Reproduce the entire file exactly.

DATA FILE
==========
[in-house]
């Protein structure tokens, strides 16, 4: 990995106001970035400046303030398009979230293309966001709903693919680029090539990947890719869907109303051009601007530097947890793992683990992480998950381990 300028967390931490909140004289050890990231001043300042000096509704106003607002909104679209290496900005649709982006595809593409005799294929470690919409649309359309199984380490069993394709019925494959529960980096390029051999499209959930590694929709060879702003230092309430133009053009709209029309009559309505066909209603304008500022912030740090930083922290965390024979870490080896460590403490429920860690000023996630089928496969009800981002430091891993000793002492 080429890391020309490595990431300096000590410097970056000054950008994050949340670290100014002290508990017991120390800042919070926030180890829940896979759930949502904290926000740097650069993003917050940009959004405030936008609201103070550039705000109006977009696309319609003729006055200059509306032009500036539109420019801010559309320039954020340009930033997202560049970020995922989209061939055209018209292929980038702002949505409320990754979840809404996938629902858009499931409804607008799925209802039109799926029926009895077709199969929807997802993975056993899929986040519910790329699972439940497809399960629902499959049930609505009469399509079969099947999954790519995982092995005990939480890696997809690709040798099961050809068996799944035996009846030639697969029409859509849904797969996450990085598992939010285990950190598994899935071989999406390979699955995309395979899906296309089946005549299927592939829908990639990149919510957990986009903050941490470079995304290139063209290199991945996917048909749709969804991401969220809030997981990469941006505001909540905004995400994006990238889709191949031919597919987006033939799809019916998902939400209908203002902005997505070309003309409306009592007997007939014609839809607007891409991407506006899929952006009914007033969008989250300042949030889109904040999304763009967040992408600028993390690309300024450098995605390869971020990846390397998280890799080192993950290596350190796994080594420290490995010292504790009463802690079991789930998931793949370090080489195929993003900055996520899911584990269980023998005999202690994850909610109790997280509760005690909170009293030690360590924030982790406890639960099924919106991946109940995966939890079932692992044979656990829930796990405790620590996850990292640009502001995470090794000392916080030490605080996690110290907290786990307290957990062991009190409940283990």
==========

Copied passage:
[in-house]
């Protein structure tokens, strides 16, 4: 990995106001970035400046303030398009979230293309966001709903693919680029090539990947890719869907109303051009601007530097947890793992683990992480998950381990 300028967390931490909140004289050890990231001043300042000096509704106003607002909104679209290496900005649709982006595809593409005799294929470690919409649309359309199984380490069993394709019925494959529960980096390029051999499209959930590694929709060879702003230092309430133009053009709209029309009559309505066909209603304008500022912030740090930083922290965390024979870490080896460590403490429920860690000023996630089928496969009800981002430091891993000793002492 080429890391020309490595990431300096000590410097970056000054950008994050949340670290100014002290508990017991120390800042919070926030180890829940896979759930949502904290926000740097650069993003917050940009959004405030936008609201103070550039705000109006977009696309319609003729006055200059509306032009500036539109420019801010559309320039954020340009930033997202560049970020995922989209061939055209018209292929980038702002949505409320990754979840809404996938629902858009499931409804607008799925209802039109799926029926009895077709199969929807997802993975056993899929986040519910790329699972439940497809399960629902499959049930609505009469399509079969099947999954790519995982092995005990939480890696997809690709040798099961050809068996799944035996009846030639697969029409859509849904797969996450990085598992939010285990950190598994899935071989999406390979699955995309395979899906296309089946005549299927592939829908990639990149919510957990986009903050941490470079995304290139063209290199991945996917048909749709969804991401969220809030997981990469941006505001909540905004995400994006990238889709191949031919597919987006033939799809019916998902939400209908203002902005997505070309003309409306009592007997007939014609839809607007891409991407506006899929952006009914007033969008989250300042949030889109904040999304763009967040992408600028993390690309300024450098995605390869971020990846390397998280890799080192993950290596350190796994080594420290490995010292504790009463802690079991789930998931793949370090080489195929993003900055996520899911584990269980023998005999202690994850909610109790997280509760005690909170009293030690360590924030982790406890639960099924919106991946109940995966939890079932692992044979656990829930796990405790620590996850990292640009502001995470090794000392916080030490605080996690110290907290786990307290957990062991009190409940283990």